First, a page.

Lately, I have been working with clients who face serious security threats. Some of these people are surprised by what can be learned about them from internet searches. Removing this information is a challenge, especially from social media sites like Twitter.

Twitter presents an interesting challenge. Once you publish a Tweet, a lot of other websites take your Tweet and reproduce it in a database. Topsy, Snap Bird, the Library of Congress, and many others get in on the act.

Of course, you can delete your Twitter account, but your Tweets will live on in a third party database.

The best solution that I have found is to remove all the Tweets from your account rather than deleting the account itself. When some third party site comes to collect your tweets to update their database, they also overwrite or delete your old Tweets and replace them with nothing matching the empty Twitter profile.

Doing this also prevents some malicious adversary from waiting thirty days then opening a new account using your deleted Twitter account name. Of course, keeping the account also allows you to start using it for some subtle disinformation.

If your Twitter account has thousands of Tweets like mine does, then you need an automated deletion service.

Twit Wipe fits the bill. Provide the service with your Twitter password and set it lose. Once Twit Wipe has done its job, change the Twitter password.

After thirty days, you should start searching for the deleted Tweets to identify any sites that still have them. If they still exist on some sites after sixty days, then consider requesting their removal.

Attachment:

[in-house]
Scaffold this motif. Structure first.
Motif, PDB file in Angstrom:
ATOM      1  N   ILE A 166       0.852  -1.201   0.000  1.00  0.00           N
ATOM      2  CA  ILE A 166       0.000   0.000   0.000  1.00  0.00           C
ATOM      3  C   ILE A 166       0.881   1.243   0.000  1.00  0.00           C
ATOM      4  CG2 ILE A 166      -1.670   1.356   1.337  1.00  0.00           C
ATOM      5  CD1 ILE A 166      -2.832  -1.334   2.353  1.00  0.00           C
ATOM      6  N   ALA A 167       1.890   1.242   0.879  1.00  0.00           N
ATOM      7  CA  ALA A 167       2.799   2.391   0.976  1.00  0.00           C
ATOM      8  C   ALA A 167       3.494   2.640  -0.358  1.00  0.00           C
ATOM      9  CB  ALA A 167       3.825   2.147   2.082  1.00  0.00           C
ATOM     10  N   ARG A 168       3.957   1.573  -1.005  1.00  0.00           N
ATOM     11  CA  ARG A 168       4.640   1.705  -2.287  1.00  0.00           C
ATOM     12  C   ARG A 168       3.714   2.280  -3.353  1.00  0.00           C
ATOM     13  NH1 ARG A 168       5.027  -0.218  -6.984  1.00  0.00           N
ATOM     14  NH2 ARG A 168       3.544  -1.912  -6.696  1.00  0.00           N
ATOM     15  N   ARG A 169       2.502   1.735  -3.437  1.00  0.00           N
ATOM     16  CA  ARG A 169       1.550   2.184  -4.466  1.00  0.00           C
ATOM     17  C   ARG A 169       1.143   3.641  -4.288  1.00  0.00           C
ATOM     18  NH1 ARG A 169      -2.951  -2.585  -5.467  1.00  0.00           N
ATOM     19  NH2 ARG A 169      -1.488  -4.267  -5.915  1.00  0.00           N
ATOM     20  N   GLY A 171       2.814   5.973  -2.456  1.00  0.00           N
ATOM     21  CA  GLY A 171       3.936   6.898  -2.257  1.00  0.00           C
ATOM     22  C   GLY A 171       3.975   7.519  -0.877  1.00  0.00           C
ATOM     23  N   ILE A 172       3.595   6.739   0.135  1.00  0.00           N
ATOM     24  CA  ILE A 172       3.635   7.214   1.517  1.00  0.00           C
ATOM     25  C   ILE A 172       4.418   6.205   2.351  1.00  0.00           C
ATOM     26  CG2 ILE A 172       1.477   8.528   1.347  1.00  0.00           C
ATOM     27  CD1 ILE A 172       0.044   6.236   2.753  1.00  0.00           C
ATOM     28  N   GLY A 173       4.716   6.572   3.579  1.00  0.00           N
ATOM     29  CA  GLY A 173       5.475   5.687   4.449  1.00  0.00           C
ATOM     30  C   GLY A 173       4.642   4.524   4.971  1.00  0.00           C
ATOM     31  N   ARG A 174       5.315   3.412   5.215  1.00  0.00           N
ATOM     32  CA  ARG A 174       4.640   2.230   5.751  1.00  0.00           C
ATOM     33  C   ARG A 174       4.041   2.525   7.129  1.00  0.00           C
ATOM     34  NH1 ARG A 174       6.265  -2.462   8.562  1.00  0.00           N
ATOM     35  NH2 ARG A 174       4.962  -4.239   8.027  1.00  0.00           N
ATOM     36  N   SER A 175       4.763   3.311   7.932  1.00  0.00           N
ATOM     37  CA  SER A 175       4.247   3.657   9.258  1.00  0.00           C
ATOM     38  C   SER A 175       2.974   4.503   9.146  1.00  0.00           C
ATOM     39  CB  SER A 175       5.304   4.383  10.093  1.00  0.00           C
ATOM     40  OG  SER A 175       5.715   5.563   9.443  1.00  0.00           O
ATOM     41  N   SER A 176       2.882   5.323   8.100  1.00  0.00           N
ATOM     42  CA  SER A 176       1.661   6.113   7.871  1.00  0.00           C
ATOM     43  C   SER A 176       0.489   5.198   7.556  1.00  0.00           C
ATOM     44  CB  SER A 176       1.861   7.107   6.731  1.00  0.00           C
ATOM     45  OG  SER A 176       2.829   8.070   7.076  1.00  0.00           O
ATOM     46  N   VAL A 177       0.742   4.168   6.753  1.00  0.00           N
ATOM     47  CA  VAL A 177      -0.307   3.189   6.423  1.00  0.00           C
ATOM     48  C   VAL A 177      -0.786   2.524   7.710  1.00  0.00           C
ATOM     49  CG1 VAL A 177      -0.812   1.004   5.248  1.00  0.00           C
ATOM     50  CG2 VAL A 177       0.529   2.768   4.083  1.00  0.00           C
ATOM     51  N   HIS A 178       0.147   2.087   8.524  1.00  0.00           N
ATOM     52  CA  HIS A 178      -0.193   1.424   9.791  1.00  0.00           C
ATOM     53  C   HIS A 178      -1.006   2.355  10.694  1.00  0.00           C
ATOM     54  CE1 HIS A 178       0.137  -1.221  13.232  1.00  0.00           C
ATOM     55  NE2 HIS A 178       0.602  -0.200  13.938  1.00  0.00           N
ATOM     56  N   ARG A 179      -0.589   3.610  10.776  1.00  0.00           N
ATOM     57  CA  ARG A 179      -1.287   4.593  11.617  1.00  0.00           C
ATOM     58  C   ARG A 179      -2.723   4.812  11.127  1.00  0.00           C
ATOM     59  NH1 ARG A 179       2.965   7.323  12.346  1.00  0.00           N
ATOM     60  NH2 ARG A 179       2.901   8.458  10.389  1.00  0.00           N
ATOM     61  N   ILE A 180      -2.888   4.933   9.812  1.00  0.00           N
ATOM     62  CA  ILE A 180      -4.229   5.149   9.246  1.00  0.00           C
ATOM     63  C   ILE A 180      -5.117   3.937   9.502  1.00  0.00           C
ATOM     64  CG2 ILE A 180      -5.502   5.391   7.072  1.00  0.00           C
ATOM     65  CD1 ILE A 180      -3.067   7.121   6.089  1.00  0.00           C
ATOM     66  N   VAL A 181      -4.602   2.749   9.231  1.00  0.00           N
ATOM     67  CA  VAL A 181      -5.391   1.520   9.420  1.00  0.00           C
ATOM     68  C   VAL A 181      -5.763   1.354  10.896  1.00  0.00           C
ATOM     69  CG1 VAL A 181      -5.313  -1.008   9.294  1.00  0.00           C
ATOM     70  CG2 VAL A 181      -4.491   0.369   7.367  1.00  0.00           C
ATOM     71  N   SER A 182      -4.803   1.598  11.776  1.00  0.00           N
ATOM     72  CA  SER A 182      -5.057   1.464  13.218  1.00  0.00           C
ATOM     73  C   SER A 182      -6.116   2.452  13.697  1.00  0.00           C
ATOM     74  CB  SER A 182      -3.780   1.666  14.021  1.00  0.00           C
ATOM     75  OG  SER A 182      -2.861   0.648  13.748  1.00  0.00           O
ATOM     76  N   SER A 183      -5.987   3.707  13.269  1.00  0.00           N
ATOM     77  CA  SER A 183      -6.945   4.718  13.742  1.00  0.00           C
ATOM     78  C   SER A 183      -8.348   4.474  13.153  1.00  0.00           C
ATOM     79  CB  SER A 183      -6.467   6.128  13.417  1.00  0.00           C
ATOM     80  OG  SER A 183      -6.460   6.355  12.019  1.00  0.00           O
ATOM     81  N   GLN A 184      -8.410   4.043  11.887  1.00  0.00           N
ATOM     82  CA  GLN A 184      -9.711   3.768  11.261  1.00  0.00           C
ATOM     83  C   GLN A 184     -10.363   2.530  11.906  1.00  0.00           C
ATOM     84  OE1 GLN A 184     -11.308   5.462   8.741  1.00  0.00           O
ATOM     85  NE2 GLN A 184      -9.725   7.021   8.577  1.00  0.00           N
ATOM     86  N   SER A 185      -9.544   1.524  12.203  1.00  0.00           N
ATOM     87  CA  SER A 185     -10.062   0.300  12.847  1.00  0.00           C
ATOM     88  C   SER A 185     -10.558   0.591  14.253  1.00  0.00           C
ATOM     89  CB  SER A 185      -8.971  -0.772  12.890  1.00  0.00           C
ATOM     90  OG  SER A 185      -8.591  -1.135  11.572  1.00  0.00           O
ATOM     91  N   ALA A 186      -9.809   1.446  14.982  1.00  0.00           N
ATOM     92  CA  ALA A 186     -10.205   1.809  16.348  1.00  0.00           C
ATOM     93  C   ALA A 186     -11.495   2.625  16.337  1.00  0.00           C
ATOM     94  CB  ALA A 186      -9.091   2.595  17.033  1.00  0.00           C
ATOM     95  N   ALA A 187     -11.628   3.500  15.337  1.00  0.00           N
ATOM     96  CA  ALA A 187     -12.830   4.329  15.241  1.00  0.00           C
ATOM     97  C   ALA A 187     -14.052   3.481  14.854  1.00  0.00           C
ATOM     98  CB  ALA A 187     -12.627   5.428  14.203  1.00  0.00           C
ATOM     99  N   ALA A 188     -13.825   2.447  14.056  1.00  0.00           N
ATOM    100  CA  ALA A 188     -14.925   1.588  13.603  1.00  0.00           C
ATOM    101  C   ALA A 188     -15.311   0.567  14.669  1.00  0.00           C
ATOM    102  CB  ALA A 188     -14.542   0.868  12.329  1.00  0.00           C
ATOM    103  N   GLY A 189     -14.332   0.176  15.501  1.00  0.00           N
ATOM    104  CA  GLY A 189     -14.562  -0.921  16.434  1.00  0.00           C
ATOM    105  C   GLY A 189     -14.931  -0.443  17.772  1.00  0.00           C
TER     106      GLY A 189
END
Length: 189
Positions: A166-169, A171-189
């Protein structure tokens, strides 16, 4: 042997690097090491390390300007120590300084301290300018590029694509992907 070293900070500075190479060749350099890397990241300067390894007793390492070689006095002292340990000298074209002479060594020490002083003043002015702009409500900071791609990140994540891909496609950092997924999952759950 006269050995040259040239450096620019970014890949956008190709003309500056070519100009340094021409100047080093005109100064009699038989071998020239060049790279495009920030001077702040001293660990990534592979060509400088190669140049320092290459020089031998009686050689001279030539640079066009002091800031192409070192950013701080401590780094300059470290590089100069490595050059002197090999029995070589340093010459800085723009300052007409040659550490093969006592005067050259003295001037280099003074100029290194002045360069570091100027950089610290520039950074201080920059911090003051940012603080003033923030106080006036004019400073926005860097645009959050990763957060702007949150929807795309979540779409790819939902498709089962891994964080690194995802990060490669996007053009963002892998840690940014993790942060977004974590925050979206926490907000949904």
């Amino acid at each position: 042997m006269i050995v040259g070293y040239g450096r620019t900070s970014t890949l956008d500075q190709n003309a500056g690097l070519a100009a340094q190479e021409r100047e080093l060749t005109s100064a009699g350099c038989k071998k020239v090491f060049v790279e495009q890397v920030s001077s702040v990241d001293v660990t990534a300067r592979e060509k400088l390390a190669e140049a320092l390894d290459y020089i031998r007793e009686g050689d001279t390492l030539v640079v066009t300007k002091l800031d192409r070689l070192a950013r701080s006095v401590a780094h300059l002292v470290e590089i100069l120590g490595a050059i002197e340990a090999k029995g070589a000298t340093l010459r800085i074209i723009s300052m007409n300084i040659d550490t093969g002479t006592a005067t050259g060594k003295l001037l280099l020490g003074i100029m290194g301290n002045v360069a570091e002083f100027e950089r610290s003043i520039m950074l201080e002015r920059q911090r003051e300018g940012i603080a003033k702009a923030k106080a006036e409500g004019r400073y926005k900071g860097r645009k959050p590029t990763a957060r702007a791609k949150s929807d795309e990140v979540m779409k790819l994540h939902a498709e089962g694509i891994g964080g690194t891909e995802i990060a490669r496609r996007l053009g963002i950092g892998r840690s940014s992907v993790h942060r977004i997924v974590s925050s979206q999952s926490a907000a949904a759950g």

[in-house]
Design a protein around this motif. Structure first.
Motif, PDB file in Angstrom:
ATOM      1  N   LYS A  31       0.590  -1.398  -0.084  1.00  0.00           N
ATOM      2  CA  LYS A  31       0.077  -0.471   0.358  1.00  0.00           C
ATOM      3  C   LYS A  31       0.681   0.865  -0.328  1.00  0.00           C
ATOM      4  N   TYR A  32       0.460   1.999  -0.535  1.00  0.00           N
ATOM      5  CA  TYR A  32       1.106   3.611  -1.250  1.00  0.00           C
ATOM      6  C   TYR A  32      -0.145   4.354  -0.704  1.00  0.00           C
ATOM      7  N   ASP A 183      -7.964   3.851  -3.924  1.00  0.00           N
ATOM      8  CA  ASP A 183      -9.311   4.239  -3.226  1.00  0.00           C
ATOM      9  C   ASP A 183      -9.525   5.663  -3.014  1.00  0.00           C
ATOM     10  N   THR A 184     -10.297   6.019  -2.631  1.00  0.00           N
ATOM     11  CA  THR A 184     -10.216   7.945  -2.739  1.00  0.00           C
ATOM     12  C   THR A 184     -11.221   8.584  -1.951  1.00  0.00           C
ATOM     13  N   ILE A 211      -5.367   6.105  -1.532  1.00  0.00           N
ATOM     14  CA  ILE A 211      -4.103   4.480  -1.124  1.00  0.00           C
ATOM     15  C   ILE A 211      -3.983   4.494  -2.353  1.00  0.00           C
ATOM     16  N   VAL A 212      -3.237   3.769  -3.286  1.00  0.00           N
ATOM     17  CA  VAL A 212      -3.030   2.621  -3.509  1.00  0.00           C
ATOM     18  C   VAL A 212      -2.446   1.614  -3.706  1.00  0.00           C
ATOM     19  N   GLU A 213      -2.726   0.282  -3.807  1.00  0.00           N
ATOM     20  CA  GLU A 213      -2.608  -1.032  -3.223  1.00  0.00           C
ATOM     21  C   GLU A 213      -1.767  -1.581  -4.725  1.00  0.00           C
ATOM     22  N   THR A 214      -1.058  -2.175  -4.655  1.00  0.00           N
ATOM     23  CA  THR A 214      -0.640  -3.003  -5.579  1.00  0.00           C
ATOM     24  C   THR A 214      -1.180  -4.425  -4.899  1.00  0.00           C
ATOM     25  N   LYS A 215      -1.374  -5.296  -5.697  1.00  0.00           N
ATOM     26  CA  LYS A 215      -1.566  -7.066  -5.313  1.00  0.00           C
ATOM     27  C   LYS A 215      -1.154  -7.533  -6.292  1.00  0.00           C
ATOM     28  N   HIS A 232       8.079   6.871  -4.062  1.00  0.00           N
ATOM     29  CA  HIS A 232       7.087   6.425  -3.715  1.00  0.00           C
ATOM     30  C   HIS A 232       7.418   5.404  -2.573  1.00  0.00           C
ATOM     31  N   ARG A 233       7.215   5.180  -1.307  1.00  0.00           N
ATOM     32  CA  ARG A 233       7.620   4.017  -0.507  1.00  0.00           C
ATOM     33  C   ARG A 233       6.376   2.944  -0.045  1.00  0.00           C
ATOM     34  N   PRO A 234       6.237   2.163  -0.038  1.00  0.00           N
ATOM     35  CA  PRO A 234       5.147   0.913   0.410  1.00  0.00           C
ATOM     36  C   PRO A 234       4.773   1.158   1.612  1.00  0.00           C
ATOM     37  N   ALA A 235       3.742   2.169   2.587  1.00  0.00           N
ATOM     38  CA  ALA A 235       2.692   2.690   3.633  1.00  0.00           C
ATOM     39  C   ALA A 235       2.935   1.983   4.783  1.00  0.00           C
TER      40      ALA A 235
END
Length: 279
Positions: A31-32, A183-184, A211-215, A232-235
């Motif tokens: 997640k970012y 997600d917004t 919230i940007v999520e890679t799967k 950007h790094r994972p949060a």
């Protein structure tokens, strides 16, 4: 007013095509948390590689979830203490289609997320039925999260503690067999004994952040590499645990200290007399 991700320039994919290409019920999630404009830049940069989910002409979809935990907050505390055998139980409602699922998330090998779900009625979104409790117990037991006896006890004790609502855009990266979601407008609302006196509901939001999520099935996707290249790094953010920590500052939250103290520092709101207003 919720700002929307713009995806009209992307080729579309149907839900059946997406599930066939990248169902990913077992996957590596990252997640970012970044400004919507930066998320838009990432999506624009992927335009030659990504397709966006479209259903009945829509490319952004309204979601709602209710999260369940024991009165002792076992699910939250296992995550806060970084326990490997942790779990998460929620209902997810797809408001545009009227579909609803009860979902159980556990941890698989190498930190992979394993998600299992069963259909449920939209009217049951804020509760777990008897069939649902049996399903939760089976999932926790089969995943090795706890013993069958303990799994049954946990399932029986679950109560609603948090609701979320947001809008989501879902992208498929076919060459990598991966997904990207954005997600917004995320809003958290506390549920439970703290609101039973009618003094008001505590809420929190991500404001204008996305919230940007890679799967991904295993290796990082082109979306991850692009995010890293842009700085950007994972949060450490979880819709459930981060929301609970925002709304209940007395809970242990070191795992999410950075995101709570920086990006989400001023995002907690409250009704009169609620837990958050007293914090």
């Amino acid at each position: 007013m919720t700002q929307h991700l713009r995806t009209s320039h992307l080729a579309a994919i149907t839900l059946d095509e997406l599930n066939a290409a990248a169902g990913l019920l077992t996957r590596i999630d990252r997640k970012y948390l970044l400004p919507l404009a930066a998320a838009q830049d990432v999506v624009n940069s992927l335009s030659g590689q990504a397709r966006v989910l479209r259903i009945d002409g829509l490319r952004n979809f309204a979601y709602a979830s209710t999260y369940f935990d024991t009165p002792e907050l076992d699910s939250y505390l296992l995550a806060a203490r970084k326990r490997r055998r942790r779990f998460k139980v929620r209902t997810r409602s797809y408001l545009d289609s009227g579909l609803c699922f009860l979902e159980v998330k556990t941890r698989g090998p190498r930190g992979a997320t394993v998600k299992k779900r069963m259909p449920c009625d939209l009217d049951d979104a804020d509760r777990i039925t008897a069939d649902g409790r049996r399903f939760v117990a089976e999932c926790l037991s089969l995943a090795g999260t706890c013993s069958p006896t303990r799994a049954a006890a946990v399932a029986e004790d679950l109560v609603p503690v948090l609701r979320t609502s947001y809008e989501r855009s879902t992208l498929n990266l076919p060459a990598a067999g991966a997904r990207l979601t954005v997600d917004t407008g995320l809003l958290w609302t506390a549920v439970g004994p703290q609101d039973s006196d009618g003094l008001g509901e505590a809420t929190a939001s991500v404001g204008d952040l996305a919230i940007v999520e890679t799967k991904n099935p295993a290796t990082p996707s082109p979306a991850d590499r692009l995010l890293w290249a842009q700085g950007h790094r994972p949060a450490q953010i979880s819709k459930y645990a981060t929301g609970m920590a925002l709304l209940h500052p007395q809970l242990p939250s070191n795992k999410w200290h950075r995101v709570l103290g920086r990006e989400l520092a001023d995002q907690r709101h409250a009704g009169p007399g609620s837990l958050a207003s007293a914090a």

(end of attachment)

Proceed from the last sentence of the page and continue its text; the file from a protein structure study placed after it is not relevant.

Snap Bird

If you want to see all the Tweets from a particular Twitter account, then you are out of luck if you don’t know about Snap Bird. Twitter allows you to only search or see about a week’s worth of Tweets.

Snap Bird allows you to survey all the Tweets for a particular user if you select “Someone’s timeline” as the type of search.

This is extremely useful when trying to assess the nature of the person behind the Twitter account. Sometimes, you will find that the account is really just a bot that retweets what it finds. Sometimes, you find the account is owned by somebody with an axe to grind. Sometimes, you find the person behind the account is an activist of some type. You learn these things from reviewing all the tweets to see the general theme of the account.

The point is, you won’t know what you’re dealing with unless you can see all the Tweets coming from that account and Snap Bird allows you to do that.

 

Topsy

One of my favourite search engines for Twitter is Topsy which indexes and ranks search results based upon the most influential conversations occurring every day about each specific term, topic, page or domain queried.